Just wondering if you will be deciding what beliefs are “offensive or ridiculous” or whether you’d prefer to leave that role to the neo-Nazis as has been so long the tradition in history?
        It must be so hard for you. So many varied views and opinions that don’t all concur with you world outlook. So very “offensive”. Nasty minorities eh… Nasty.

      • nathankw

        Oh dear. I thought we might actually manage to have a sensible discussion but then the Nazi slurs come out. How sadly predictable. Since we’ve proved Godwin’s law I think it’s time to bring this to a close.

        But just to clarify – “ridiculous” was the description used by MyFrisbee not me.

        And my whole point is I that don’t think anyone (not me, not the council, not the government) should be deciding which religious beliefs are “ridiculous” and which are not. If we agree on that point then there are only 2 logical options. Either we respect all faith-based positions from every ancient animist to new age sect – in which case anyone can demand anything, call it their religion and it will go unchallenged. Or we keep religion out of the public sphere, say the people are completely free to believe whatever they want, but not expect to have those beliefs accorded special rights – which is what I propose.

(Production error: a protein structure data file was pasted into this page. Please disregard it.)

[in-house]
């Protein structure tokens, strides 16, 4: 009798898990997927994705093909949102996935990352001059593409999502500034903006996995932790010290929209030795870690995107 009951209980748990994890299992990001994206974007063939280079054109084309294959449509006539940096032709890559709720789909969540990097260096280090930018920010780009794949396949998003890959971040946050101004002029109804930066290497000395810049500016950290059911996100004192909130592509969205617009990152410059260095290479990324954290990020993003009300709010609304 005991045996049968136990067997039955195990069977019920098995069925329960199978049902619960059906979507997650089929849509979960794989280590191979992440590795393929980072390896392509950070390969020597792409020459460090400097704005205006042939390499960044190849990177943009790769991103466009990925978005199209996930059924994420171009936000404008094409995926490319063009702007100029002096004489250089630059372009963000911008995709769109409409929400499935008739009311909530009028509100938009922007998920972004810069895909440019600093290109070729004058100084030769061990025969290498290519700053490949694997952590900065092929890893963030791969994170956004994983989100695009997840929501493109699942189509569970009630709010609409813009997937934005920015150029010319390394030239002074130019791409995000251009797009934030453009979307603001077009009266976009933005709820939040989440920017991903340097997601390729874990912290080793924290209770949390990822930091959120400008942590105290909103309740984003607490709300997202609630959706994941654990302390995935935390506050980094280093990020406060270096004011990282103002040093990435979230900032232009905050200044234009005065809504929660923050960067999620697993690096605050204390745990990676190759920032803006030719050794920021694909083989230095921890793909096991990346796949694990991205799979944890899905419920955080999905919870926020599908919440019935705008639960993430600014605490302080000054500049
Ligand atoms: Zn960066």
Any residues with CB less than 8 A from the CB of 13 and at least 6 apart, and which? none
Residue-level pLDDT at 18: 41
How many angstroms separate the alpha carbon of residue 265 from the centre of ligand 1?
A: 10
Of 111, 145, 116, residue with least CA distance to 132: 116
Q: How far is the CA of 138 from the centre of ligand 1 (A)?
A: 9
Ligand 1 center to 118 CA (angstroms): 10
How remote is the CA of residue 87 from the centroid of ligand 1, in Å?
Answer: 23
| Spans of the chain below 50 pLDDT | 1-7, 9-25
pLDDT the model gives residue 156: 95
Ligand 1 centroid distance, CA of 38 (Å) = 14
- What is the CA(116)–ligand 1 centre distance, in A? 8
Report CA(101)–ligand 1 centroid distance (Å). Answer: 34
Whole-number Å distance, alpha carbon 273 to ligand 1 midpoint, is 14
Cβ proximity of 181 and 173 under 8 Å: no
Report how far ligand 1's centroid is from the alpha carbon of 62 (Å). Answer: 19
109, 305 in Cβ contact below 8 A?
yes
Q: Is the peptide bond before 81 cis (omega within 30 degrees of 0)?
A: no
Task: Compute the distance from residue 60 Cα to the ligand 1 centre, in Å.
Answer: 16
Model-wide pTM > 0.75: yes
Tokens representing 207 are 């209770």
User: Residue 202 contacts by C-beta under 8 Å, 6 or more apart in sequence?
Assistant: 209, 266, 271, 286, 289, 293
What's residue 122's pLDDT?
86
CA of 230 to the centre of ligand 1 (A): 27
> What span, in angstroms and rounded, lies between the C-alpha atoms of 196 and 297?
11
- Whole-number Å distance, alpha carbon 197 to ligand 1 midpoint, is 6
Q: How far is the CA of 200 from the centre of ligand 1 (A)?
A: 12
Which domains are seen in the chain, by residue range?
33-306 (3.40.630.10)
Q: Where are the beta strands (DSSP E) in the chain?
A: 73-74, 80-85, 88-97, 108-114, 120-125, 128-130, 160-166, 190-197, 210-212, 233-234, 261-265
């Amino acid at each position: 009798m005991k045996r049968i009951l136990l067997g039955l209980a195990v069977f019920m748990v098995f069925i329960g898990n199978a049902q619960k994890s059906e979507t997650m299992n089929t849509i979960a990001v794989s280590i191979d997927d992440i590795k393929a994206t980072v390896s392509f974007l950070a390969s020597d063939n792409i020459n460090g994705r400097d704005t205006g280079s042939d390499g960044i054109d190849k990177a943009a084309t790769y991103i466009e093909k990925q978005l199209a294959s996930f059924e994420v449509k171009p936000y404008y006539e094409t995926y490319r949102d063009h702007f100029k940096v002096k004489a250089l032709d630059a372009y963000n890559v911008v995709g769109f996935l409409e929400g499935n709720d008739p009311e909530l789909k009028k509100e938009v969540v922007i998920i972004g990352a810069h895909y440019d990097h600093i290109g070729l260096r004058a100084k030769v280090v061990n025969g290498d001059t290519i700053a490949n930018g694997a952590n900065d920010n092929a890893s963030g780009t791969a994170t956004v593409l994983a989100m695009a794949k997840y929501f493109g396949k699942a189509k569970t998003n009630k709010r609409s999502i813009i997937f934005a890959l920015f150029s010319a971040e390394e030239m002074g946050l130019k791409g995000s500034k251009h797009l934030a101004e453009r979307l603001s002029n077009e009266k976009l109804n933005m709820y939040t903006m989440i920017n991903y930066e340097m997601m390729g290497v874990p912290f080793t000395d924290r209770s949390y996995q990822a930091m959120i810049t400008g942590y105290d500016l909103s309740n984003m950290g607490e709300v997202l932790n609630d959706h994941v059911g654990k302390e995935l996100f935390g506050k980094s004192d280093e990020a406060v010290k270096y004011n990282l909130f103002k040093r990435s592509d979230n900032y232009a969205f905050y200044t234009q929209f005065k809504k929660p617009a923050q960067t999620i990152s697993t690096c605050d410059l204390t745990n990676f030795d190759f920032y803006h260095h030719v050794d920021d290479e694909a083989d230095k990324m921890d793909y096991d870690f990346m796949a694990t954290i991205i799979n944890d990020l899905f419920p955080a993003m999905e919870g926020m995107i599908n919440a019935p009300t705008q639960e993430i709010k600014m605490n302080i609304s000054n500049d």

• acGladstone

        Spectacular ability to miss the point. I’m not accusing you of being a Nazi Nathan. I’m suggesting that it is just as arrogant of you to prohibit a practice as you judge another person’s belief as offensive to you because you don’t agree with its premise. It doesn’t affect you.
        As for your implication that the local authority should not approve this because you don’t want them to endorse these beliefs. What makes you think that is their role. That they are to represent and facilitate the majority secular lifestyle at the expense of all other beliefs! You are arrogant. Should the uk refuse gay pride decorations or xmas lights on regent st? No public funds are being requested in this case. I would expect most people will see through your objections. You seem hateful to me.

      • nathankw

        As I say, I’m happy to debate rationally. But when it becomes a matter of hurling personal insults I’m out. G’night.